State Bar of Texas past President Cullen Smith Jr., 96, died April 16, 2022. He served as president of the State Bar of Texas from 1978 to 1979.

After graduating high school in 1943, Smith served in the U.S. Marine Corps until 1946. A native of Waco, he received his law degree from Baylor University and was admitted to the Texas Bar in 1950. Smith then practiced law in Welasco from 1950 to 1953, before returning to his hometown and joining the law firm of Naman, Howell, Smith, Lee & Muldrow. He first served as managing partner, president, chairman, head of the trial section, and was counsel to the firm until his death. Smith was also a Waco City Council member from 1983 to 1985.

As president of the State Bar, Smith helped secure reenactment of the State Bar Act as part of the Sunset review process, as well as a Supreme Court order integrating the bar under the court’s inherent power. The new act clarified the State Bar’s purposes, strengthened grievances, and added public members. Smith’s presidency also saw greater involvement from women and minority lawyers, the creation of a Law Student Division, and an active program of Citizens Legal Education.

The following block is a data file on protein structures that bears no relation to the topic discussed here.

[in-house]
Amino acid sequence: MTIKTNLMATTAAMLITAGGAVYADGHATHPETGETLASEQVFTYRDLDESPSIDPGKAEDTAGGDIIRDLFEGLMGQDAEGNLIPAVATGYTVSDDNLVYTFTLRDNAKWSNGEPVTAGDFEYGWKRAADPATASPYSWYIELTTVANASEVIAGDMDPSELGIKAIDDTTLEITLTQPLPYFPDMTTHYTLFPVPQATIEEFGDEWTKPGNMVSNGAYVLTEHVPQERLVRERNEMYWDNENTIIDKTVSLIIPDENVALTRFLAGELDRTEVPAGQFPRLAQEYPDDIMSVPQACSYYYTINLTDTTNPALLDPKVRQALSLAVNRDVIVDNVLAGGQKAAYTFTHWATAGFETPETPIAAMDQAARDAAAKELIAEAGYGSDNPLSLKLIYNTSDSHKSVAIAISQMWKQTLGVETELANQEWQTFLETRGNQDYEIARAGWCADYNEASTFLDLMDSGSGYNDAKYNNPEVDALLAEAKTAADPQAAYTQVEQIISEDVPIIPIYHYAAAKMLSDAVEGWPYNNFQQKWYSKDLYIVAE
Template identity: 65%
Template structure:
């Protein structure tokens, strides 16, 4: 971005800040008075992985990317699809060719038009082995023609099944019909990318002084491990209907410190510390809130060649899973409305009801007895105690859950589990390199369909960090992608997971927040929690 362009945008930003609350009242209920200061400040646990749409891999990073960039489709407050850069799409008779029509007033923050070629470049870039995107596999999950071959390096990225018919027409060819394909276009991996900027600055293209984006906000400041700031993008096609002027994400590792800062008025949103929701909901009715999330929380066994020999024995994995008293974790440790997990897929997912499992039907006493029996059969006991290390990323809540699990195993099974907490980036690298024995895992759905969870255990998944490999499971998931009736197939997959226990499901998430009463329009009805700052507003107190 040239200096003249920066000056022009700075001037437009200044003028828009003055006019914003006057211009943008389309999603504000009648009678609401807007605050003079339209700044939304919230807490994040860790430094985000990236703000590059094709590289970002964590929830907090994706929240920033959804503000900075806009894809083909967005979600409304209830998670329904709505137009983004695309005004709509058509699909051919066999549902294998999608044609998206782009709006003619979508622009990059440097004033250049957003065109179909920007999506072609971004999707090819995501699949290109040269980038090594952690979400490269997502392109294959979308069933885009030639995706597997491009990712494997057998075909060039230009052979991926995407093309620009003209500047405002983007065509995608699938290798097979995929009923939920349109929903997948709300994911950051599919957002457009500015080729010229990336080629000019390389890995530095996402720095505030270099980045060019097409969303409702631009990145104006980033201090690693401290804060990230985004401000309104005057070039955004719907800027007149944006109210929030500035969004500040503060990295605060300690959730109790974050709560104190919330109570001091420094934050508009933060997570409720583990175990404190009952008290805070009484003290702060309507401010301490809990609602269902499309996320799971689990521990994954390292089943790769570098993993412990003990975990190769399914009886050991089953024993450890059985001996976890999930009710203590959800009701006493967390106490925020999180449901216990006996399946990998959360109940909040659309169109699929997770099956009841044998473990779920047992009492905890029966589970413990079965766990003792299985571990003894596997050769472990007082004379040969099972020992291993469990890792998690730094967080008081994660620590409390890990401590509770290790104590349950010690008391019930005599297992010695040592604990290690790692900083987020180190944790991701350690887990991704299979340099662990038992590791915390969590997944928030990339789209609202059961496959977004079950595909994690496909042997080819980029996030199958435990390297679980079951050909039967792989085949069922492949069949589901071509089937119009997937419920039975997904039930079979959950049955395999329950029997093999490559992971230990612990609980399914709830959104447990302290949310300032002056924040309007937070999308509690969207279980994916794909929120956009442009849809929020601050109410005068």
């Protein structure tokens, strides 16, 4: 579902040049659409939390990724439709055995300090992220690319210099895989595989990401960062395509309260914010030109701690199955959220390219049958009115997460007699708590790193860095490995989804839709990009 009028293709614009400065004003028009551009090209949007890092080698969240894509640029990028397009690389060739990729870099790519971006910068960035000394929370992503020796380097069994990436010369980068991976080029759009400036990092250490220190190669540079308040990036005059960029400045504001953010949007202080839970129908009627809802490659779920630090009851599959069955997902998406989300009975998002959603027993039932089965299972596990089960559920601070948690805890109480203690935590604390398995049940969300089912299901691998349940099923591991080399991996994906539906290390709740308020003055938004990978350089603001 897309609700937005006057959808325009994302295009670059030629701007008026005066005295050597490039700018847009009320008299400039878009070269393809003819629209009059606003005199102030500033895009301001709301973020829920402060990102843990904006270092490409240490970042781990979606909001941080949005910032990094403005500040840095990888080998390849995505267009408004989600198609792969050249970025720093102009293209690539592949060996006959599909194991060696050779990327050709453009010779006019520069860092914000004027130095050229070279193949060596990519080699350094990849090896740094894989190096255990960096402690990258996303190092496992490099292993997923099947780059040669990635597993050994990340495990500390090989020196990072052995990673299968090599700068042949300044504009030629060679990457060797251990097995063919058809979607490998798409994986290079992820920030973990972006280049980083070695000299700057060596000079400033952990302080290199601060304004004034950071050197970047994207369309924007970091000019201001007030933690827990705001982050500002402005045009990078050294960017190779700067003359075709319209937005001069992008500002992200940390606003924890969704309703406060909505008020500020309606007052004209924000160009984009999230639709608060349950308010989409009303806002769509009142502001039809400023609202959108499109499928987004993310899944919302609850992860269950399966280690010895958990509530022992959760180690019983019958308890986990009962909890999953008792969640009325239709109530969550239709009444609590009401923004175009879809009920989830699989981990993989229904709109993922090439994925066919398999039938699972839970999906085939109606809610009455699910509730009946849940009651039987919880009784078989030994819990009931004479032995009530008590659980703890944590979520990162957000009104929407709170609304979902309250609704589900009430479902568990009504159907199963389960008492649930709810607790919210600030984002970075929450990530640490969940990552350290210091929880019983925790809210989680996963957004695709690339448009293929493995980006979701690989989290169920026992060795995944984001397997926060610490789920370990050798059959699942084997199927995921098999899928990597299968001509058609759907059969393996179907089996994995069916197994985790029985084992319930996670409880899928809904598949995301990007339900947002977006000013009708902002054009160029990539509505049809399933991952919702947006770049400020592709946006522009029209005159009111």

He was a member of the Episcopal Church, Rotary Club, Philosophers Club, and Ridgewood Country Club. Smith was president of the Waco-McLennan County Bar in 1956-1957 and president of the Junior Bar (now the Texas Young Lawyers Association) in 1957-1958. He sat on the State Bar Board of Directors (1971-1974), was chair of the Texas Bar Foundation (1973-1974), and was chair of the Special Committee on Revision of Canons of Ethics (1969-1971). Smith was a fellow of the Texas and American Bar Foundations and a state chair of the latter in 1978-1981. He was a member of the American Bar Association, serving on the House of Delegates, the Action Commission to Reduce Court Costs and Delay, and the Committee on Complex and Multi-District Litigation. Smith was also a nonresident member of the Dallas Bar and an honorary member of the Montana Bar.

He was known for his involvement in many community causes. During the early 1960s, Smith worked with Waco leaders to desegregate public facilities in the city. A decade later, he led a delegation from Waco to meet with North Vietnamese leaders in Paris, France, to reconsider their treatment of American prisoners of war, according to the Waco Tribune-Herald.

Smith is survived by his wife of 13 years, Ann Brown Parson; daughters, Sallie Chestnutt Smith, Alethea Risher Smith, and Elizabeth Brient Smith; four grandchildren; and five great-grandchildren.